Last week, I shared an anonymous guest post titled She Was Just An Option. Here are the Red Flags which will help you identify if you are just an option. I used bolded text to emphasize the wisdom provided! Thank you Anonymous Angel!#theonewillbecertain #Youdontneedtofinaglemarriage #ultimatumsneverwork #heshouldbeproudofyou #youareworthcommittingto
……In both of these cases, there are many red flags that serve as signs that my friend and I were “options”, not priorities. Let’s go over them together:
1) These relationships are very long with comparably little development.
It took both my friend and I over five years to “finagle” a proposal from the men we loved. This is a bad sign. Quick engagements are not ideal, but when it takes many years for a man to decide he wants to marry you, it can really begin to erode your sense of self-confidence. It is also normally a sign of a high-degree of uncertainty on his part, and a lack of a sense of direction.
2) Both of our boyfriends were consistently involved with other women in ways that crossed emotional and perhaps physical boundaries.
Both men in these relationships consistently sought out the company of several other women for coffee dates, lunches and dinners, and trips to bars or parties while they were in relationships with us. It is not bad for your boyfriend to have female friends, but in both cases the men involved tried to hide their outings from their girlfriends, or to keep their girlfriends secret from the women they took out. This behavior did not change even during the engagement, and other women were the cited cause of both of our break ups.
3) The men in these relationships proposed marriage to us rather than lose us to another man.
In both cases, the men in question made proposals of marriage when it became theoretically possible that they would lose us to other men who would propose marriage. In my case, the arrival of other suitors had prompted action. In the case of my friend, an ultimatum prompted action. Both cases are bad. For the men we loved, marriage was not an outgrowth of a strong desire for love and commitment to last a lifetime; rather, it was a strategy to keep us with them and ensure we did not marry someone else. These men did not actually desire to enter into the institution of marriage with us because it was a positive and beautiful life choice, but to ensure that they would not lose us to someone who would marry us.
4) The women in these relationships worked hard to appease and convince their boyfriends to love them “enough” to make a proposal.
Both my friend and I spent significant amounts of time and energy trying to convince our boyfriends that we were worth committing to. We saw ourselves as competitors for the affections of the men we loved, and thought that by making ourselves beautiful, getting good jobs, and cooking and cleaning for them, we were giving them signs that we were worth it. It is good to try to make yourself the best that you can be, and it is also good to show love to your partner. It’s not good to do this for an instrumental reason. For example, it’s not good to do these things to try to prove to a man you are worth loving. If you have to prove that you are worth loving so desperately, you are an option and not a priority to this man; it also means that you most likely suffer from low self-worth.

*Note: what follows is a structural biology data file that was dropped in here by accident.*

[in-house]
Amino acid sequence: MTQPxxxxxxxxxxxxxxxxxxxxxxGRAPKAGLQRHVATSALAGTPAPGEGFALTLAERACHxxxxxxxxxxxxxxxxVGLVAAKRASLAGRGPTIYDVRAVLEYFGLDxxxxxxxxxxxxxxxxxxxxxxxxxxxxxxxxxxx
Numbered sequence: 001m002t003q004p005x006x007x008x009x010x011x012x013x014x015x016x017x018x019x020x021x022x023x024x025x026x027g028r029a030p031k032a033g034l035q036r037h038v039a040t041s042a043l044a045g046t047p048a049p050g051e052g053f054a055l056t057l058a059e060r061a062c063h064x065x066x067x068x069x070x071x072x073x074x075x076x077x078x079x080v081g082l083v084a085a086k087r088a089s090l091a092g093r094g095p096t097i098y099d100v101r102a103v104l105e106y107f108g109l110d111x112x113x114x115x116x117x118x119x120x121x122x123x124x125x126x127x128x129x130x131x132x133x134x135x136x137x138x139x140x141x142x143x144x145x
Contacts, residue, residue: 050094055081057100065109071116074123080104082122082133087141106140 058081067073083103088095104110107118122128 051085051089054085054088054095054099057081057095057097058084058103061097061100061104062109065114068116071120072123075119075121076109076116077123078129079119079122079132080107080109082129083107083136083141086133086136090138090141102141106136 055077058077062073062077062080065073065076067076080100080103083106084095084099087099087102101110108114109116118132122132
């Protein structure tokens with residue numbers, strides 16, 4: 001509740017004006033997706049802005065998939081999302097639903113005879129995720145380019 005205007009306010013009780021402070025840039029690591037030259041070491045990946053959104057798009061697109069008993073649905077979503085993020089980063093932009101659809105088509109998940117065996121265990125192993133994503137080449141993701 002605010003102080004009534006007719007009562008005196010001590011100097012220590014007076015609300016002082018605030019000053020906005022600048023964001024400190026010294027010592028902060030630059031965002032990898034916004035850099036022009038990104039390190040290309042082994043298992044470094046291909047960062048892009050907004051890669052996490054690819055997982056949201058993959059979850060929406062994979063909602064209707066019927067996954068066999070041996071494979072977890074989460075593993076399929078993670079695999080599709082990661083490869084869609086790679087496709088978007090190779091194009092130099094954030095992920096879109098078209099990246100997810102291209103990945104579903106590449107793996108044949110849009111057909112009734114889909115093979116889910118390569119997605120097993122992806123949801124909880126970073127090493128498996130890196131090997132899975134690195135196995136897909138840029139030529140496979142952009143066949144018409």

5) Intimacy complicated the picture.
In my case, the intense emotional relationship I had with my boyfriend, filled with declarations of love and verbalized awe for the amazingness of the other person, made it difficult for me or for him to see clearly. I should have seen that his words did not match up with his actions, but I was on such a high from our emotional connection I didn’t even stop to look. In my friend’s case, sexual intimacy complicated her judgment and the judgment of her boyfriend. The problem in both cases is that we permitted very intense types of intimacy with men who had not initially given us a sure commitment of any kind.
After these experiences of devastation, my friend and I both moved on. Though she originally moved to the city she now lives in because of her ex-fiancé, she now has her dream job and is on the fast track to receiving great and well-deserved publicity for her work. I pray that from her experience, she has learned how to choose a man with more wisdom.
I also have been very fortunate. Three months after my break-up, I met an amazing man. I knew I was a priority and not an option to him because of big and little things he did to show me how much I meant to him. For example, because I went to church, on his own he began to go to church with me, without being asked. When I cooked for him, he was so grateful and praised me to all his friends. He also regularly cooked for me and pampered me as a way of showing he cared.
He changed around his work hours, which began late and ended late, to fit more of a nine to five schedule so that we could spend more time together. He helped me control my spending habits to pay back credit card debt and student loans by making a careful budget that was considerate of my needs and desires. I never doubted where I stood with him, and there was never any mention of women he took to lunch or coffee or parties.
After a year and a half of dating and getting to know one another well, we got engaged. We are married and expecting our first child. Everyday I give thanks to God for him; he really treats me like Christ treats his bride the church. In some ways, I think my experience with my previous boyfriend showed me so clearly what kind of man I should marry. I hope that by writing about my experience and the experience of my friend, it will help other women to avoid our mistakes, and to seek out the sort of man who will love and honor them for the rest of their life.
God love and bless you!
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